Rescuers dig through the rubble to search for possible survivors, with some sending cellphone text messages pleading for help, following a landslide that buried dozens of homes in Naga city, Cebu province central Philippines on Thursday Sept. 20, 2018. A landslide set off by heavy rains buried homes under part of a mountainside in the central Philippines on Thursday, and several people are feared buried, including two who sent text messages seeking help. (AP Photo/Bullit Marquez)
Source: Associated Press


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Baby squirrels in the US freed from tail tangle

Baby squirrels in the US state of Wisconsin have been freed after their tails became dangerously tangled together.

They were handed in at the Wisconsin Humane Society’s Wildlife Rehabilitation Centre which worked to save the lives of the five young grey squirrels.

They became entangled with grass and plastic strips their mother used to build a nest.

The squirrels were cut free with scissors while under anaesthetic.

"You can imagine how wiggly and unruly this frightened, distressed ball of squirrely energy was, so our first step was to anaesthetise all five of them at the same time," the centre told the BBC.

Then they began unravelling the "Gordon Knot".

"It was impossible to tell whose tail was whose, and we were increasingly concerned because all of them had suffered from varying degrees of tissue damage to their tails caused by circulatory impairment.

"The creatures will soon be free to resume a tangle-free life in the wild," the centre said.

Baby squirrels in Wisconsin have been freed after their tails became dangerously tangled together. Source: rnz.co.nz


Woman lucky to be alive after shark takes 'big chunck' of her leg off Queensland coast

A Tasmanian mother on holiday in north Queensland's Whitsunday Islands region is lucky to be alive after a shark mauled her leg.

Justine Barwick, 46, was snorkelling at Cid Harbour on Wednesday when the attack happened leaving her with a severe wound to her left thigh and minor wounds to her calf.

Ms Barwick, a mother of two, would likely have bled to death without the quick- thinking actions of people in nearby boats.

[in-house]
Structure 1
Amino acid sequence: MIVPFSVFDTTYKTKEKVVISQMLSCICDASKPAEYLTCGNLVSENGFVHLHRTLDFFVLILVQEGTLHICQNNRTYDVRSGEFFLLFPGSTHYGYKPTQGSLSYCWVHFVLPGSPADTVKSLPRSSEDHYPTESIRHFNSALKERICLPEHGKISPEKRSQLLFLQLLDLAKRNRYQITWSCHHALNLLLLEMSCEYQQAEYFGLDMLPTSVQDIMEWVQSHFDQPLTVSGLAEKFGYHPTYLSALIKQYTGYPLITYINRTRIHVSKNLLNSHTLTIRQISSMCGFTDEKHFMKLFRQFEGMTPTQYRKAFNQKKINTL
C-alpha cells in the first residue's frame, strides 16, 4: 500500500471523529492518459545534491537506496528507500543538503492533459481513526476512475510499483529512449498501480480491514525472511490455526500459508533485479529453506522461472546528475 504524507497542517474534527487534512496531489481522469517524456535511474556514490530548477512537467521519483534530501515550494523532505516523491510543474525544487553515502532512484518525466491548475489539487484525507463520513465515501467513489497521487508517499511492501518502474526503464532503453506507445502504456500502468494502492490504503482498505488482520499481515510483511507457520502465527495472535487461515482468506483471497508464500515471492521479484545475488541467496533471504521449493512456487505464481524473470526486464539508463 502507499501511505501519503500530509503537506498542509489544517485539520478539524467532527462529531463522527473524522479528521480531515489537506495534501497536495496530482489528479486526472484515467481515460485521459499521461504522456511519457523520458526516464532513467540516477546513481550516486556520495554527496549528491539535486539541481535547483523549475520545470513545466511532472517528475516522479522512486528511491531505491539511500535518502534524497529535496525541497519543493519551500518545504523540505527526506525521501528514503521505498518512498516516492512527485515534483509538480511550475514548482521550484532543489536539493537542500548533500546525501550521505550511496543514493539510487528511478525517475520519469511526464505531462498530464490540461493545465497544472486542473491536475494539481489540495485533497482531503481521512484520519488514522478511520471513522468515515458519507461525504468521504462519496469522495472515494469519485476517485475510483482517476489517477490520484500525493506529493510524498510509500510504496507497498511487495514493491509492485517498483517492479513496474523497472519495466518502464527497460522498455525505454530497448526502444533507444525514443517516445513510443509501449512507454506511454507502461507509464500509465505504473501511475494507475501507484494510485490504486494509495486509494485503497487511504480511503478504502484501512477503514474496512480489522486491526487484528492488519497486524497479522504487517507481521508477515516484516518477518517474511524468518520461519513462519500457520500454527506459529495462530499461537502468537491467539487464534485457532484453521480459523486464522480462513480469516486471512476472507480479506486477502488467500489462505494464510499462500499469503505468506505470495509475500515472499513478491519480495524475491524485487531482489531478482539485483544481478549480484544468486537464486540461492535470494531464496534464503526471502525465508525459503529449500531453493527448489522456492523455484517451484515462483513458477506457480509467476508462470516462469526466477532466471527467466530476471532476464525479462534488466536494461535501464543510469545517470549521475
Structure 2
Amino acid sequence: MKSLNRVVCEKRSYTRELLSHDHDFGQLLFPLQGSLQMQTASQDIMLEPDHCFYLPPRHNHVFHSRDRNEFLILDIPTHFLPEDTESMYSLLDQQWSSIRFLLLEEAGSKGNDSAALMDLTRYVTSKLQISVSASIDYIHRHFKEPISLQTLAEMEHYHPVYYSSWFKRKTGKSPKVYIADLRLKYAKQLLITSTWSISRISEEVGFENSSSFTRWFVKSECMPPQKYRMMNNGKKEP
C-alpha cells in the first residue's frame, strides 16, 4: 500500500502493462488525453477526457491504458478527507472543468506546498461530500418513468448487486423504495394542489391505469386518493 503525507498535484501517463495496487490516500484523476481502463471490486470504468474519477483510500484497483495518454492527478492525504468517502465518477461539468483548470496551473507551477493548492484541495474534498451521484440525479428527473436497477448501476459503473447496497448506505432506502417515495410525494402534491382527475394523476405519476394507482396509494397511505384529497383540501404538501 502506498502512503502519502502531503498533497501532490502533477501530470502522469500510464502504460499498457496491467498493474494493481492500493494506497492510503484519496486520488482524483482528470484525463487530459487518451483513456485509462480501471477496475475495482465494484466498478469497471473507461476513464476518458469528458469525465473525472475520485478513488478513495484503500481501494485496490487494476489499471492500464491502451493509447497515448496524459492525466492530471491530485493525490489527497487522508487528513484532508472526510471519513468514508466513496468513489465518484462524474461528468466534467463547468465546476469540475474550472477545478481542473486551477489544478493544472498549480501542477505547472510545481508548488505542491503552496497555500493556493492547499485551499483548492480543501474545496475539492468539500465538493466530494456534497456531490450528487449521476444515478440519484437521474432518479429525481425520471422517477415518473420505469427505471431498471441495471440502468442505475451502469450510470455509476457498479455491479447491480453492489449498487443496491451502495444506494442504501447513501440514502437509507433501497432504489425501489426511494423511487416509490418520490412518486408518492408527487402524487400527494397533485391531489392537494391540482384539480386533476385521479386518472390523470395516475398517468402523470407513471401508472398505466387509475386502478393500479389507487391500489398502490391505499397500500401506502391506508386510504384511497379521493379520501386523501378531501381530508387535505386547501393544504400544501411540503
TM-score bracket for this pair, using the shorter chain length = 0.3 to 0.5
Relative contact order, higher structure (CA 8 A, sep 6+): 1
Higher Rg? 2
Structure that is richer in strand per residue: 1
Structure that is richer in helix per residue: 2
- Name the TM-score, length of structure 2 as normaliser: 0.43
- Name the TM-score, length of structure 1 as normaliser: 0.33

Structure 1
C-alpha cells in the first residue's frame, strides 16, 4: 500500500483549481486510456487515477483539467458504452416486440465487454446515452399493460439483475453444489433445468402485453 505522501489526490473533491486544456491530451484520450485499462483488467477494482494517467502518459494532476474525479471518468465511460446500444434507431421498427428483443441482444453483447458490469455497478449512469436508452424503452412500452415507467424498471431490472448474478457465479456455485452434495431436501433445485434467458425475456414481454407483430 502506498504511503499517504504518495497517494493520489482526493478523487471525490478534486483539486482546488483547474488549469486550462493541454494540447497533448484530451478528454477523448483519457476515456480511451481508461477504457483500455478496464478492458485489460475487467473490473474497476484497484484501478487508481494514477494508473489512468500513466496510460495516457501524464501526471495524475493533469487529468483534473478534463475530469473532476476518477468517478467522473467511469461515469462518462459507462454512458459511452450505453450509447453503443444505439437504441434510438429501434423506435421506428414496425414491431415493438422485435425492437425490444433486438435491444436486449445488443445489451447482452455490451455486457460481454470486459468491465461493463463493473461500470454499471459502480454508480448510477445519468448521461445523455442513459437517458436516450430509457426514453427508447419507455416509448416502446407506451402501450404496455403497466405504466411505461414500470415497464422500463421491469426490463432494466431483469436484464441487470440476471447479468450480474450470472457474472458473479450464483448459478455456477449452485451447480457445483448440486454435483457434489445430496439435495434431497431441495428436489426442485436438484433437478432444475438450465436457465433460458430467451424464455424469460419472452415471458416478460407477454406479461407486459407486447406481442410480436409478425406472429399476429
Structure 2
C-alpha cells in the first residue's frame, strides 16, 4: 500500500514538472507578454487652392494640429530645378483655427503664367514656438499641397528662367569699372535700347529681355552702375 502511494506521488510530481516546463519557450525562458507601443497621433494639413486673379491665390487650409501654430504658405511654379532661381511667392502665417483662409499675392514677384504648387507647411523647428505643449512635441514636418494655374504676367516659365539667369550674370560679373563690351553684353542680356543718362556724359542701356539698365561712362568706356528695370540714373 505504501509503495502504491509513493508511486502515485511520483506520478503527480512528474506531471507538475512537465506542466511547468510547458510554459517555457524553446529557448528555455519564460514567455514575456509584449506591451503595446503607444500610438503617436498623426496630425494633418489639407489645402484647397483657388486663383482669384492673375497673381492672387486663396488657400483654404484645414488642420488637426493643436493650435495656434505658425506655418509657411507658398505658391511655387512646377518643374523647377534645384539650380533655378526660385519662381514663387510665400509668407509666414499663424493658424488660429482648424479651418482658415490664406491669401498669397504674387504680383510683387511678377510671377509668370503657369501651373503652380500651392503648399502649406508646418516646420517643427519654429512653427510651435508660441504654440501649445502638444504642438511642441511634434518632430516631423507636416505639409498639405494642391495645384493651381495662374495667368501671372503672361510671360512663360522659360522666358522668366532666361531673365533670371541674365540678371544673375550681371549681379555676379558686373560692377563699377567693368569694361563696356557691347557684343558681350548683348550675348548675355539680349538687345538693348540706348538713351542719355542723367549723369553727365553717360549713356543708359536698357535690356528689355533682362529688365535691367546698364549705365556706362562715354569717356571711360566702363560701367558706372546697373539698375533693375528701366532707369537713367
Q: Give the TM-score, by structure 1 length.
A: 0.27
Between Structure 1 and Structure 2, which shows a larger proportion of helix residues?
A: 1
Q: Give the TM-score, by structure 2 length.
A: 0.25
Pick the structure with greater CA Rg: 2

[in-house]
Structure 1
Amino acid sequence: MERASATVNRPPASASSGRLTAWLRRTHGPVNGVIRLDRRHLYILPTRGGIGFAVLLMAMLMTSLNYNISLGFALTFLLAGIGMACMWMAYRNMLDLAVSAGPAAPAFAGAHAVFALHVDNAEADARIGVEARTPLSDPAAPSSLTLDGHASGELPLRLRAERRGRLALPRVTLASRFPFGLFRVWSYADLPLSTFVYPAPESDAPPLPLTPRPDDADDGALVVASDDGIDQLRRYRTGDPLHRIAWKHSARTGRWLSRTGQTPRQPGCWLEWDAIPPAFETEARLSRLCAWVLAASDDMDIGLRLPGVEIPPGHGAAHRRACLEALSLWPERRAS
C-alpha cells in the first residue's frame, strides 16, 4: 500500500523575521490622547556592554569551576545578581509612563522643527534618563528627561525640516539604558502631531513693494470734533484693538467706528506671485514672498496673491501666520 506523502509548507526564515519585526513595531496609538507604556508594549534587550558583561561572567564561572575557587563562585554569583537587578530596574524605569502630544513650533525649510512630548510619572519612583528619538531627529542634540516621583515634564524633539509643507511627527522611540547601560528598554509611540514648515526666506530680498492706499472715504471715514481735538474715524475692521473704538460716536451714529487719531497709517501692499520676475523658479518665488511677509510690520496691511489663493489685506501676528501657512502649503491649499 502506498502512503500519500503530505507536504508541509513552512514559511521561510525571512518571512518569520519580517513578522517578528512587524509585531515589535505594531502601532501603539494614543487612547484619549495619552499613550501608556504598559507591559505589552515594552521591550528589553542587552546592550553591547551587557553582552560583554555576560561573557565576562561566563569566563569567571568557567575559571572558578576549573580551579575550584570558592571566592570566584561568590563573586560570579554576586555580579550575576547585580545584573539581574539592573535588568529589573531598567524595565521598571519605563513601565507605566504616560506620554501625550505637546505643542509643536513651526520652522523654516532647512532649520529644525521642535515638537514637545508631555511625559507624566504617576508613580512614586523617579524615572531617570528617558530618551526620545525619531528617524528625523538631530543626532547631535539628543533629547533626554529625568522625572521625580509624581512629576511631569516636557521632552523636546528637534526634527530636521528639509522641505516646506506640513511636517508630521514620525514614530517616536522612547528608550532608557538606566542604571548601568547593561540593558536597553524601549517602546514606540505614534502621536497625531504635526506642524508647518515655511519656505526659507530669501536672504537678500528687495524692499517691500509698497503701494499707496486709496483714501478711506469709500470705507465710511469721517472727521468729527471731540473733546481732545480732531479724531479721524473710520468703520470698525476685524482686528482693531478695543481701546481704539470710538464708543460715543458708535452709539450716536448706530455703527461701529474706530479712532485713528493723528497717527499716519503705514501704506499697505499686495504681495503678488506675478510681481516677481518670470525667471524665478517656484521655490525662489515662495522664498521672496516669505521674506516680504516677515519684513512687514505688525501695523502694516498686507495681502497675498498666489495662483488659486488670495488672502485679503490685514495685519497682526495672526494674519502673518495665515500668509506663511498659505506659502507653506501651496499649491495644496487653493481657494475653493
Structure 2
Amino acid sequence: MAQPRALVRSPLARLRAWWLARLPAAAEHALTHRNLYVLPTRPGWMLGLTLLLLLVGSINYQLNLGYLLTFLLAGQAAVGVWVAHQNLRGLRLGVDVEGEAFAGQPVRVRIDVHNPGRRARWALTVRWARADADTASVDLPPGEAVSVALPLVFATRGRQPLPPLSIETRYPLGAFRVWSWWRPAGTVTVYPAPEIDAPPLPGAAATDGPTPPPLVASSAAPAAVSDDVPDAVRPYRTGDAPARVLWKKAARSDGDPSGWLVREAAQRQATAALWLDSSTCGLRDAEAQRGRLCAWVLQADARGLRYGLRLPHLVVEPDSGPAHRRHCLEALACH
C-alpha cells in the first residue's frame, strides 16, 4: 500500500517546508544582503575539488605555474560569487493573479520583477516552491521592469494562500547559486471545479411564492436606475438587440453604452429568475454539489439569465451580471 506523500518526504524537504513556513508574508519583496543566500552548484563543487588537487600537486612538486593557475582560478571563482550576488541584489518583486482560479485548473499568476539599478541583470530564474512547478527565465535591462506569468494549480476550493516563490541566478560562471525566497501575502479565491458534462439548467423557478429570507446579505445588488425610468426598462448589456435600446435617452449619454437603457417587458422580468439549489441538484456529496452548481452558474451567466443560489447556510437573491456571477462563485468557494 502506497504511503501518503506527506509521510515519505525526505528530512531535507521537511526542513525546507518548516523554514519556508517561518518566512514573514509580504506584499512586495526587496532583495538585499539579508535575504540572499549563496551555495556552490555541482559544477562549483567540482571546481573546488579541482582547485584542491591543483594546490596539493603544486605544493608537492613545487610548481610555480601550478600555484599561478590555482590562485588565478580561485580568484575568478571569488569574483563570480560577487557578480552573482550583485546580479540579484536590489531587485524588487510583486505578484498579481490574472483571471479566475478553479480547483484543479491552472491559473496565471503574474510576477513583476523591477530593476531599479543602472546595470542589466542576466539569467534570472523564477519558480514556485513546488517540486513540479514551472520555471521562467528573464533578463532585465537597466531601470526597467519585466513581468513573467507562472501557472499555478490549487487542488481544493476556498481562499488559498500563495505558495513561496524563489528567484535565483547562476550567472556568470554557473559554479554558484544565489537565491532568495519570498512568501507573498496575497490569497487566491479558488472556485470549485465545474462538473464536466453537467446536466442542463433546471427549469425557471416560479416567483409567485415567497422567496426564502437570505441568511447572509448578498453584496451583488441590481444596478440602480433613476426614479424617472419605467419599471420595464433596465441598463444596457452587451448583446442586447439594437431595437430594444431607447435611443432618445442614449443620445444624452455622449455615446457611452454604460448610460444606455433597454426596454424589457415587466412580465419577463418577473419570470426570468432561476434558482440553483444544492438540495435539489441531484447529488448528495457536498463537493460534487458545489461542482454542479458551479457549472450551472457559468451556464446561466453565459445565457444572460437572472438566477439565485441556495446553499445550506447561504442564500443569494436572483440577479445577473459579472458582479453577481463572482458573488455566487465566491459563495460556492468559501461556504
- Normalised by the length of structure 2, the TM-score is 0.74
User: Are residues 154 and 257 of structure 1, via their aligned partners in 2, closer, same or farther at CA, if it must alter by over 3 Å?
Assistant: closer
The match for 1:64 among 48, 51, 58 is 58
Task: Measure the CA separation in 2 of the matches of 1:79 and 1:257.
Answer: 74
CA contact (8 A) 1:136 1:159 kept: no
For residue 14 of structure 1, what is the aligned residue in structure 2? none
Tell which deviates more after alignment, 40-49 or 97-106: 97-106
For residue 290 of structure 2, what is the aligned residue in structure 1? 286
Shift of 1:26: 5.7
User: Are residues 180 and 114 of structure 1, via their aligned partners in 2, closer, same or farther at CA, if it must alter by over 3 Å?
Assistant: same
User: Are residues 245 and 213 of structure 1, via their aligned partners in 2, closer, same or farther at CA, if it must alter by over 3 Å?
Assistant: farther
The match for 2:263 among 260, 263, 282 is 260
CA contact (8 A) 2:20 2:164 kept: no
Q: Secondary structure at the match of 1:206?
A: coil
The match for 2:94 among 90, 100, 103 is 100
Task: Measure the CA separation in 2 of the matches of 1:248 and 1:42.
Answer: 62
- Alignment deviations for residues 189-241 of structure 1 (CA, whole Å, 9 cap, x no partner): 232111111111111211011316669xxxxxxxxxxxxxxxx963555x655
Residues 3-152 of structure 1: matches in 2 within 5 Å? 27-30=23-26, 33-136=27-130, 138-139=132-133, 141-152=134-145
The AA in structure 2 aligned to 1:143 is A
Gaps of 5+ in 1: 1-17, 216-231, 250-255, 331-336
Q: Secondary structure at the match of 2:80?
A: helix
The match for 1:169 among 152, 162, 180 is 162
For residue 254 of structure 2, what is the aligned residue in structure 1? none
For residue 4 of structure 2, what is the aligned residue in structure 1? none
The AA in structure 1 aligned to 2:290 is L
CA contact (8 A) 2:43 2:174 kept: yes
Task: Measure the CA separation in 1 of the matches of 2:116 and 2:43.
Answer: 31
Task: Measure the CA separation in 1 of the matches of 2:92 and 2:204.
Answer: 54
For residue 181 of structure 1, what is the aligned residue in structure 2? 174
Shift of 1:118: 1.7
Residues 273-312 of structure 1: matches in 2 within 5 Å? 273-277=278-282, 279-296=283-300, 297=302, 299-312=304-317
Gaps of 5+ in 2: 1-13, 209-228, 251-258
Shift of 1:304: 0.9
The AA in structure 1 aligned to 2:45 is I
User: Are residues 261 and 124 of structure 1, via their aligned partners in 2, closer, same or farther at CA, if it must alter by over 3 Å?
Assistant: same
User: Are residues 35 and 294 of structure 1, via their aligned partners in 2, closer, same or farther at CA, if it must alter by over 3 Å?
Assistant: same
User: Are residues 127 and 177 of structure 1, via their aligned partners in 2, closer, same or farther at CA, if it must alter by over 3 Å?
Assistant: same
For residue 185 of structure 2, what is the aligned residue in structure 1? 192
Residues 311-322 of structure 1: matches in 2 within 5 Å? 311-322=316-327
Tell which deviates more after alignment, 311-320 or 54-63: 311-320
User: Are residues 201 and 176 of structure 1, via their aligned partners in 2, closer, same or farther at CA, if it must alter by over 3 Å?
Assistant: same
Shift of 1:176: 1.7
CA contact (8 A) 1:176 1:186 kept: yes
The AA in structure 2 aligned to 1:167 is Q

In a second stroke of luck a rescue helicopter scrambled to the region was just 15 minutes away from the scene due to an earlier operation they'd been undertaking.

The hovering chopper drew the attention of John Hadok, an emergency department doctor from Mackay Base Hospital, who was sailing nearby and soon joined the effort to save Ms Barwick's life.

Dr Hadok's direction ensured correct first aid was given to Ms Barwick, allowing her to be safely winched into the helicopter.

RACQ CQ Rescue Helicopter crewman Ben McCauley said the doctor and others who gave first aid to Ms Barwick before she was winched aboard had likely saved her life.

"The original first aid was actually really well done," Mr McCauley told reporters today.

"We actually didn't have to do anything with the leg, it was pretty much tourniqueted up, bandaged up and bleeding had stopped. They'd done a really good job."

Although he didn't see the wound, Mr McCauley was told Ms Bariwck had "quite a big chunk of leg taken" and had suffered arterial bleeding.

She also suffered puncture wounds to her calf muscle.

The helicopter then stopped at Proserpine to refuel, allowing blood from a local hospital to be transfused and other medical treatment given.

Just after 8pm Ms Barwick arrived at Mackay Base Hospital where she remains in a critical condition on Thursday morning after overnight surgery.

Her husband Craig is at her bedside.

Ms Barwick works for non-profit Family Based Care in Burnie and had travelled to the Whitsundays on a holiday with her husband and friends.

Family Based Care chief executive Doug Doherty said Ms Barwick and Craig were regular visitors to the popular tourist destination in the heart of the Great Barrier Reef.

"It didn't surprise me, because she is such a fighter, when she was being taken off the rescue helicopter and taken into hospital she was telling them what she was allergic too and still able to give directions," Mr Doherty told AAP.

"That sounds like Justine to me."

Sharks (file picture). Source: istock.com